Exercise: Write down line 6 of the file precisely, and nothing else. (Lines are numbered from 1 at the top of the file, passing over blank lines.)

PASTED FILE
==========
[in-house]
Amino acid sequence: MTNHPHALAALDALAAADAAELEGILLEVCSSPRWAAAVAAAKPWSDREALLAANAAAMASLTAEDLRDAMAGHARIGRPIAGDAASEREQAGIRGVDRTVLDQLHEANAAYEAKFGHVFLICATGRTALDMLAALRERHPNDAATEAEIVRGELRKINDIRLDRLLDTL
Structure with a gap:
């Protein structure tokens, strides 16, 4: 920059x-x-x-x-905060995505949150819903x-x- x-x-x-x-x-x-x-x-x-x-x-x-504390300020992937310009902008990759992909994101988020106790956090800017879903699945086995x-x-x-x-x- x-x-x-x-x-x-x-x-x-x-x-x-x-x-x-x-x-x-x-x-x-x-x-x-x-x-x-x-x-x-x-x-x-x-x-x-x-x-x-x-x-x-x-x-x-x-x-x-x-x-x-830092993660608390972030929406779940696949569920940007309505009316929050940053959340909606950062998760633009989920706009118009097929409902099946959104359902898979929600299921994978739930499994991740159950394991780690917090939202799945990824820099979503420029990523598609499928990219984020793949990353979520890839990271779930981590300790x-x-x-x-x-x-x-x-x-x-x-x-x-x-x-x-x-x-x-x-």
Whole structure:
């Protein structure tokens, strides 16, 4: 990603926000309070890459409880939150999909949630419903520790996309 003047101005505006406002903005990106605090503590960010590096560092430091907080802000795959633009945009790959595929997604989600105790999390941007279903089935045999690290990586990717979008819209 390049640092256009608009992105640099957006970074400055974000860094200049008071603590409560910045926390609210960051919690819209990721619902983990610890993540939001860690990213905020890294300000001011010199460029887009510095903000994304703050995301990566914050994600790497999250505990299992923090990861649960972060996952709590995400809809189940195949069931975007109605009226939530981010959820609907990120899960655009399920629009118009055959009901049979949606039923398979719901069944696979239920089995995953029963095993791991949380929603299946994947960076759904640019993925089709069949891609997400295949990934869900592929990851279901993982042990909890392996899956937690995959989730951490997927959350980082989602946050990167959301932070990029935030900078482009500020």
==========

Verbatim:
């Protein structure tokens, strides 16, 4: 990603926000309070890459409880939150999909949630419903520790996309 003047101005505006406002903005990106605090503590960010590096560092430091907080802000795959633009945009790959595929997604989600105790999390941007279903089935045999690290990586990717979008819209 390049640092256009608009992105640099957006970074400055974000860094200049008071603590409560910045926390609210960051919690819209990721619902983990610890993540939001860690990213905020890294300000001011010199460029887009510095903000994304703050995301990566914050994600790497999250505990299992923090990861649960972060996952709590995400809809189940195949069931975007109605009226939530981010959820609907990120899960655009399920629009118009055959009901049979949606039923398979719901069944696979239920089995995953029963095993791991949380929603299946994947960076759904640019993925089709069949891609997400295949990934869900592929990851279901993982042990909890392996899956937690995959989730951490997927959350980082989602946050990167959301932070990029935030900078482009500020």